Now, I want our audience to hear that, our listeners to hear that for a minute. That’s what leaders can say. Leaders can look at their talent and say, “Your career better be as important to you as mine is to me.” This isn’t a pay function. This is a meaning, purpose, fulfillment function and an employee ought to be able to look at you and you look at him or her and both of you be able to make that statement. Now, there’s a lot of power in that and I’ll never forget the lesson that I learned from John’s response. “Chuck, you better be right.”
Do you create that kind of environment for your employees? Do you treat them where they will willingly give you the same amount of gumption and energy and enthusiasm to their job that you’re giving to yours? Now, think about that equation. That’s a one equals the other, right? It’s a direct equality. Do your employees look at you and do they see that kind of leader? Here’s the question. When your employees look at you, do they see a woman, a man whose heart is in it? Who still believes as much in this company as they did when they were first assigned the role?
And I look at my team, I’m the leader, I look at them and I say, “I see these people that have enormous potential and I haven’t tapped all of it yet but I can now look at them and say, “These are people who I know. I understand. I’ve listened to them. I understand what they bring to the table. I’ve got a feel for some potential they have that maybe they don’t ever realize they have and I’m going to create an environment under my leadership, relationships of trust, and boy, am I trustworthy? People look at me and they know I’m trustworthy.
And I create this kind of vision for the company and I look at my people and I say, “I want you to love what you’re doing as much as I love what I’m doing.” And you know what? We’re gonna do it together. We’re gonna do it with enthusiasm and zeal and we’re gonna work hard and you’re gonna love working here because I’m not gonna have to worry about retention. I’m not gonna have to fuss about issues that many businesses have to fuss about or worry about or be concerned about. No. I’ve got a team. I’ve got a strong relationship of trust. I communicate well.
I’ve got a cohesive senior leadership team. I know the people on my team and they’re not my people. They are this company’s talent and they bring unique skills and abilities and knowledge to work everyday and they leave home to come here and they want to go back home and the end of the work period, whatever that may be, and be just as enthusiastic, if not more so because their work invigorated them. It energized them as opposed to draining them. That’s what engagement is, Anna.
Engagement is when I’m in that kind of environment, when I take my career just as seriously as does my leader and I come to work everyday feeling like I belong, that I’m valued, that I’m treated fairly, that people connect with me, the leader connects with me, that I’m kept at the top of my game. I’m competent at what I do and if the bottom fell out, for whatever reason, my business has given me, my company has given me the best insurance policy it possible could and that is the end— it’s not my health insurance. It’s not a life insurance policy. It’s the policy of being equipped to take my talent and deploy it in multiple other places where I can provide for my family, where I can continue my career path and reach great things but you know what? Just like I don't want to cash in on my life insurance policy not anytime soon—and I wouldn’t cash in on it. My beneficiaries would. I don’t want them to cash in on it any time soon but I’ve got it.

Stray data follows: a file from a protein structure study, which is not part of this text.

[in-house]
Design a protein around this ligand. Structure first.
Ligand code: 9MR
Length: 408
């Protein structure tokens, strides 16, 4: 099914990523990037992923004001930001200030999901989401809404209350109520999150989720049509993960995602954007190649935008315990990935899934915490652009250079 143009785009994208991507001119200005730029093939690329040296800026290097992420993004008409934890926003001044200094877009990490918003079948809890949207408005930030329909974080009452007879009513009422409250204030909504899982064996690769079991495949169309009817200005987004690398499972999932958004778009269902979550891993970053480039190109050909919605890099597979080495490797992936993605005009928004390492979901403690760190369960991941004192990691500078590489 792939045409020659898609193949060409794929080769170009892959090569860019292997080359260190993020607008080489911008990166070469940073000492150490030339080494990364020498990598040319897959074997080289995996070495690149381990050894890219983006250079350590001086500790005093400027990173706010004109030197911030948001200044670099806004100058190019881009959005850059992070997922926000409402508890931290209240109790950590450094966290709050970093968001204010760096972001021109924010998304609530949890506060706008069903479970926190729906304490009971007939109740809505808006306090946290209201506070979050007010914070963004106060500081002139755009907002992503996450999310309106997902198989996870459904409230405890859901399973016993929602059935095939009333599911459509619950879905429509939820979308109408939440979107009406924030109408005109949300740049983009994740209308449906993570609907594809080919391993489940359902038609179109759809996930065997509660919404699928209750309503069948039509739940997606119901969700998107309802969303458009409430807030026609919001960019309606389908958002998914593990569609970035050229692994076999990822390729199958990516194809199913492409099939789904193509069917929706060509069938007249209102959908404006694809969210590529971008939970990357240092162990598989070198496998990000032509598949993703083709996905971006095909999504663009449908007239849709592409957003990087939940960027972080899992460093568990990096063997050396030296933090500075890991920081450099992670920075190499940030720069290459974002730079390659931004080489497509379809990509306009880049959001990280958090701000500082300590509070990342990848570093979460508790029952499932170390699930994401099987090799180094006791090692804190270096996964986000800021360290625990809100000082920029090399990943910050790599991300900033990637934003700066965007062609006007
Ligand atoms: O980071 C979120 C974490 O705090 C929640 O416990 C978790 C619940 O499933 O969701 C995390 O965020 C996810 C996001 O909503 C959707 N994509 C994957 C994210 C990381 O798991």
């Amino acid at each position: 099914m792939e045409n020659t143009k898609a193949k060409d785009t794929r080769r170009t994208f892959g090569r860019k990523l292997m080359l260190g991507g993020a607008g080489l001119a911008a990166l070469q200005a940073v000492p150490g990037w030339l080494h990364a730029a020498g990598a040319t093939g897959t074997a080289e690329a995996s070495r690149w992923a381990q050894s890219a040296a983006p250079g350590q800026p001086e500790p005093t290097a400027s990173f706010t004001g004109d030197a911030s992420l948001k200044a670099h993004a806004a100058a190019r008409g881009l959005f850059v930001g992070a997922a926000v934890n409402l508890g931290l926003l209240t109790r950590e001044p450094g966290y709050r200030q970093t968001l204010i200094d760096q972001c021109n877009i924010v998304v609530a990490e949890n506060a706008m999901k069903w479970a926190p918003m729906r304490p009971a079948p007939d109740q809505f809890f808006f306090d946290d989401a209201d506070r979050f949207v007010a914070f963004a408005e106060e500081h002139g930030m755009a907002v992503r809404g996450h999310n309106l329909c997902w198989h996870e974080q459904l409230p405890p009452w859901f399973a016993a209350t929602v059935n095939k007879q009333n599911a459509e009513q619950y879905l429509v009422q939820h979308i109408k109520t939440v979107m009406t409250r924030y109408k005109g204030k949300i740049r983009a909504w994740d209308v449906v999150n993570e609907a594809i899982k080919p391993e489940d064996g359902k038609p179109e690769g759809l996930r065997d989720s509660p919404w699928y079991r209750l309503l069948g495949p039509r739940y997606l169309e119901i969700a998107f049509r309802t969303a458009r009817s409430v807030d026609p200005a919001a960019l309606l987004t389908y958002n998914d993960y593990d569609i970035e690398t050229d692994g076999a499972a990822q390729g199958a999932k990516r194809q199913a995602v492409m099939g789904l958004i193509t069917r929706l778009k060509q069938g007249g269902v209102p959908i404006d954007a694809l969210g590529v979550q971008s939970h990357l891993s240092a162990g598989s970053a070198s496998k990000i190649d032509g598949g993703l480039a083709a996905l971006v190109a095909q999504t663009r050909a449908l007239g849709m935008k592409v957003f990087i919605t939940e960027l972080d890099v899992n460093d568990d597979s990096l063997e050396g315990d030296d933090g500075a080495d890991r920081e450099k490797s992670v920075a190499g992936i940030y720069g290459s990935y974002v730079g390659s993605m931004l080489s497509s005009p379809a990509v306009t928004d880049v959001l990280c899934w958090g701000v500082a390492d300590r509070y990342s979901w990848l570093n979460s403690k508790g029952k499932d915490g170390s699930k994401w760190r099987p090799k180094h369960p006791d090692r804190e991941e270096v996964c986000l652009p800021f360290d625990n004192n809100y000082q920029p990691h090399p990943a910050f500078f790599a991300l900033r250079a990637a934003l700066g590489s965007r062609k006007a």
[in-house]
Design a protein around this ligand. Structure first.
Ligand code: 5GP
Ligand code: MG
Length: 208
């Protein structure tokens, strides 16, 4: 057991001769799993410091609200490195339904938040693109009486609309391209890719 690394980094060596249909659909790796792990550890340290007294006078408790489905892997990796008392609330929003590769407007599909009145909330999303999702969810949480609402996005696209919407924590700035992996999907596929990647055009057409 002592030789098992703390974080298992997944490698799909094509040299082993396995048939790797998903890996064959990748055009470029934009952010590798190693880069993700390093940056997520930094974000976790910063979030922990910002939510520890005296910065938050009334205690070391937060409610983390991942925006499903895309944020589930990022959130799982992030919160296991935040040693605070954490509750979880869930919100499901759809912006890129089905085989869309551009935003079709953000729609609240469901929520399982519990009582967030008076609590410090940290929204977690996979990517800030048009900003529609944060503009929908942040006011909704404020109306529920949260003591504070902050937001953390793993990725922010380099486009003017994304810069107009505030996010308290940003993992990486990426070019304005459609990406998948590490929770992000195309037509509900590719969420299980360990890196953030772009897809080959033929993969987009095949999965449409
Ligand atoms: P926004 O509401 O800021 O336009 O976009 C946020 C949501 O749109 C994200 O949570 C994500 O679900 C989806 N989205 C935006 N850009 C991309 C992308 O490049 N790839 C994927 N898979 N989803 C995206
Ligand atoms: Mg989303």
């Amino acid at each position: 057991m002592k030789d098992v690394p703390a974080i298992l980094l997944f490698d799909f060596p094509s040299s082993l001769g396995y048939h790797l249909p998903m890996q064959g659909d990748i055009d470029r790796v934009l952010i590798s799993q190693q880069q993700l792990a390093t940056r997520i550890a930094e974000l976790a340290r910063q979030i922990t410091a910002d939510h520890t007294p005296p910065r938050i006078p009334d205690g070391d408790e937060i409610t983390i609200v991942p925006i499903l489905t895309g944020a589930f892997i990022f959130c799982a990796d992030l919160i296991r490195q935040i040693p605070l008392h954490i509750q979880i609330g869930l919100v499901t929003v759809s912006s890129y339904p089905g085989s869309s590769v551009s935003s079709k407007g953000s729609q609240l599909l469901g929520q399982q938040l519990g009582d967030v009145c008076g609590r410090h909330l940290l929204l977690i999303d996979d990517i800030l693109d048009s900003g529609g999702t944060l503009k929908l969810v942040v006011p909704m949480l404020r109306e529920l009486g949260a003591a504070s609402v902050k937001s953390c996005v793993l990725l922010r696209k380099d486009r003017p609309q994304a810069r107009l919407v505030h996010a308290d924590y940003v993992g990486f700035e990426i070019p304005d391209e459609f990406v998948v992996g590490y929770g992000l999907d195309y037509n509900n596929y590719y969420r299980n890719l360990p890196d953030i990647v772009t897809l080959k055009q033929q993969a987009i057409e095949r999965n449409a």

Well, in my career, it’s the same thing. The career insurance I want my company to give me is to equip me to be the very best I can be and yes, I can work other places. Of course I could because I’m talented. I’m able. I’m enthusiastic about what I do but I will not leave. And why would I not leave? Not only will I not leave but I will stay with enthusiasm and energy to do the very best I can do, to give the very best I have because this is where I want to be and I know that they will always keep me at the top of my game and they will always provide me the very best leadership and direction they possibly can and that is the kind of company, that’s the kind of entity, the kind of organization that employees want to be a part of. Question is—is that you and is that your company?
Anna Slaydon: Thank you, Chuck Gaskin, for that wonderful series on talent management. You know, Chuck asks some very important questions there at the end. Are you creating the engaging environment for your employees? The truth is if you aren’t feeling engaged, it’s hard to create a culture of engagement. If you listened in and you had an honest moment with yourself when you realized that you aren’t engaged, maybe you’re tired, burnt out, stressed out, or just plain hurt, the good news is you don’t have to figure it out on your own.
The BB&T Leadership Institute offers a number of excellent programs for leadership development, talent development, and employee engagement. I would especially recommend our Mastering Leadership Dynamics™ program. You’ll stay at our beautiful campus for five days developing a deeper understanding of yourself, your leadership patterns, your impact on others, and you’ll increase your resilience. It is the perfect way to reenergize that leader within you. Register online at BBTLeadershipInstitute.com.
Tune into our next episode as we kick off the series on leadership purpose with Dr. Sally Woods and Dr. Chris Smith from The BB&T Leadership Institute. And if you’ve got a minute, please make sure to rate and review our podcast. We certainly appreciate it! Show notes and additional information can be found at BBTLeadershipInstitute.com. Leadership Amplitude is a podcast production of The BB&T Leadership Institute. All rights reserved.